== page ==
As you can probably tell, food was high on our list of exciting things to do on a drive through the Heartlands. When there are corn and soybean fields non-stop, you already have your head into food. Also, sitting or driving in a car will definitely leave your mind to roaming into food choices. Each stop along I-80 or I-90, just about every food chain in America were represented. The only one I haven’t seen is Olive Garden. Not to worry, that one is bound to show up soon!

Last night we stayed in Mendota, Illinois. It’s okay if you’ve never heard of it. Most places off I-80 through Indiana and Illinois were not much more than wide spots. We had to drive a few miles off of I-80 to find our Comfort Inn in Mendota. Across the street was a gas station with a restaurant, named Cindy’s. It was recommended by the hotel clerk. It was excellent homemade food! I also think the entire town was at the restaurant! I was surprised to see that many people. However, a Del Monte canning plant along with acres of planted farmland were no longer just dots but obviously plants we could see up close and personal. It was in Mendota, where we had a view out our second floor room of a field of soybean plants neatly growing in uniform rows. There was nothing but a farm house in the distance. Welcome to the Heartlands where growing food is the major industry and appears to be run by small farms running end to end throughout.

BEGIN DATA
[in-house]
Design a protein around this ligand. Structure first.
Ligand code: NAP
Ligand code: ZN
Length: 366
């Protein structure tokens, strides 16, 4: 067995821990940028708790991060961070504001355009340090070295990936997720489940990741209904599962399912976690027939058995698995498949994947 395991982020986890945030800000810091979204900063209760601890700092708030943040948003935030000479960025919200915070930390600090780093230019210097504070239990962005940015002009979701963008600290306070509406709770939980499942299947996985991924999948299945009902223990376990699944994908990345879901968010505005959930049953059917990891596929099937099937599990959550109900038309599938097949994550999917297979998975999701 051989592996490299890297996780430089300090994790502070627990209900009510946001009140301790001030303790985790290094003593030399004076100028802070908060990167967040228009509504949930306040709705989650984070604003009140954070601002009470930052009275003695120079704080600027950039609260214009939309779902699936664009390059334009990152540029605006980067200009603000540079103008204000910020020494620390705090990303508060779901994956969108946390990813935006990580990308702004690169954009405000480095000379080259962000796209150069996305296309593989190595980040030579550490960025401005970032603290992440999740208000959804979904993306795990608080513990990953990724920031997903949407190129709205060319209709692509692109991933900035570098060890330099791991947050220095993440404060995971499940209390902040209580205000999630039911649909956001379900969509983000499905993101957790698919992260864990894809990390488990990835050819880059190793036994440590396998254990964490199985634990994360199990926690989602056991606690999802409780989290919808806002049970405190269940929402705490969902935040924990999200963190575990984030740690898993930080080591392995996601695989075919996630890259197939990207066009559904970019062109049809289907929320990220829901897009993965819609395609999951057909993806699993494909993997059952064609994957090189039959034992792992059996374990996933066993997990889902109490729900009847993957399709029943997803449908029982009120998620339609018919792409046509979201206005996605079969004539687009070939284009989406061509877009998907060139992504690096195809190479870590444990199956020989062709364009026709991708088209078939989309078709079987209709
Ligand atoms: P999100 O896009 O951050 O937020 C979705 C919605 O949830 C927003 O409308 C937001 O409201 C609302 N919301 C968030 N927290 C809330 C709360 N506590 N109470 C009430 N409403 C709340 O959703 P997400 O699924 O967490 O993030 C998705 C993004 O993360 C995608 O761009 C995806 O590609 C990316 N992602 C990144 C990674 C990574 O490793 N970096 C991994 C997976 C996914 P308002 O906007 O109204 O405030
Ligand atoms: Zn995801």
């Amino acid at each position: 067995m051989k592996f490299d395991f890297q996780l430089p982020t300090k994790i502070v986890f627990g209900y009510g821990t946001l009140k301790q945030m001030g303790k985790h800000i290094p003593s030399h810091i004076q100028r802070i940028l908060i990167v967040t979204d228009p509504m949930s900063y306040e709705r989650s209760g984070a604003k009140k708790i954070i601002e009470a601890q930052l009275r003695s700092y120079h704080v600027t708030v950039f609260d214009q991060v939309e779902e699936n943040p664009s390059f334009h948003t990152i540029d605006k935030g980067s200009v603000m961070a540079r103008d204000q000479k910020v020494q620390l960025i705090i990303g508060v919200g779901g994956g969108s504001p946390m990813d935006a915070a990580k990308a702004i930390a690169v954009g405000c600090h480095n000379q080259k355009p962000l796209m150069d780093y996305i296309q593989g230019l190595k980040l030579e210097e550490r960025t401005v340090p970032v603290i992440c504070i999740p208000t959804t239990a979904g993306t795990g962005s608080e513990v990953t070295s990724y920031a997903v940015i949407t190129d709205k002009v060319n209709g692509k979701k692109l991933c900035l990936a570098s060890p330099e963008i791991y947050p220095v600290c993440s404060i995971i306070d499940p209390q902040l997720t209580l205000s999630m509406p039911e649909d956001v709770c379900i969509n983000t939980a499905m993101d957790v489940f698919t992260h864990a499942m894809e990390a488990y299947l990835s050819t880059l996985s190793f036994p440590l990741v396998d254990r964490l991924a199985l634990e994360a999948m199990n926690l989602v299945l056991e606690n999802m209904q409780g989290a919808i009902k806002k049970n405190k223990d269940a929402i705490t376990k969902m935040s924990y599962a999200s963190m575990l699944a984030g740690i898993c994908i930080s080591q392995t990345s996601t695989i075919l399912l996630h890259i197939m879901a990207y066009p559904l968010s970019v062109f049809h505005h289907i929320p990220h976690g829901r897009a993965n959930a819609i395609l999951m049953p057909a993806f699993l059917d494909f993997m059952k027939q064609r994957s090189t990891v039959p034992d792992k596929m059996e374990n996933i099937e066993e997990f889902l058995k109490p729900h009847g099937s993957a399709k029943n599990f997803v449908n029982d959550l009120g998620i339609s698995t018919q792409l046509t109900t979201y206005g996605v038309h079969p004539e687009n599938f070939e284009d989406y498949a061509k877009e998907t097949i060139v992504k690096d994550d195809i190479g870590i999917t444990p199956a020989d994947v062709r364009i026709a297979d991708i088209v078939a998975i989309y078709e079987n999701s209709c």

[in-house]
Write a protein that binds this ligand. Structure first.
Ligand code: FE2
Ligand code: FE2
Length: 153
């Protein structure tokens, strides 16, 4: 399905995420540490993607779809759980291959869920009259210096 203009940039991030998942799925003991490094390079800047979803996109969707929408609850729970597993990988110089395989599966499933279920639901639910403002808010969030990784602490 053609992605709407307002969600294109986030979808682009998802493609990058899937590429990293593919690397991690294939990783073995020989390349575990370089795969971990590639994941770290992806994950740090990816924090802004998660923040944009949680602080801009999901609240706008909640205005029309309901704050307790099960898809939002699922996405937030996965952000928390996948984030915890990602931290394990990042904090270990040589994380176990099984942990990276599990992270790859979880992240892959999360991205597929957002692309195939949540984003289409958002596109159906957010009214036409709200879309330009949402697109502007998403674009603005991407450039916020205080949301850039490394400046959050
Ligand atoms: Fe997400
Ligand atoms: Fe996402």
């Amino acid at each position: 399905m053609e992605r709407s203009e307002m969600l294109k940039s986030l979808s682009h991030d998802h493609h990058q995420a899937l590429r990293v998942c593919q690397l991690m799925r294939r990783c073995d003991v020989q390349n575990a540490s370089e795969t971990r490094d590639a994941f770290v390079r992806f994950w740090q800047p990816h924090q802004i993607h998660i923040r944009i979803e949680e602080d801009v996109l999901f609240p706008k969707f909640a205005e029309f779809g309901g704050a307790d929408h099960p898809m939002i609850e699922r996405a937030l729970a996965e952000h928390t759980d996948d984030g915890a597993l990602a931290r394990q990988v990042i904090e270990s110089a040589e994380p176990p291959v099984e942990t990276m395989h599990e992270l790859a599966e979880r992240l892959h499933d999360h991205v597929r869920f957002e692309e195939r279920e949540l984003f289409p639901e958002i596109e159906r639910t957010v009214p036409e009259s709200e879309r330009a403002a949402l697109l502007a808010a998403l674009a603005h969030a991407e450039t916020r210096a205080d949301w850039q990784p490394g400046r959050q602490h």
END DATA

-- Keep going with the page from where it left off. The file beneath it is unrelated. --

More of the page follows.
Now, our attention will fall to one young child not quite seven years of age. Her name is Destiny and now I transform from Connie Dunn, the author and book coach, into Grandma Honey! How precious is that? She is the reason that her two grandmas have now driven over 1200 miles through seven states!

Asparagus and Your Book

A Day at the Asparagus Festival

AspPicI cannot ever recall hearing of an Asparagus Festival! But as odd as it might sound, it was loads of fun. This took place on the Common in West Brookfield, MA, on May 21.



Joyce, Connie, and Rusty (he wasn't too keen
on the whole idea of sticking his head through
a hole!) peeking out the holes in a giant

We had a bit of trouble finding it with our GPS. It could not distinguish between Brookfield, East Brookfield, North Brookfield, and West Brookfield! We were totally lost on finding the Festival, where we were meeting a friend. It took a stop at a convenience store and asking someone to get us on the right path. So don’t rely totally on your GPS, should you decide to attend this annual event in 2017.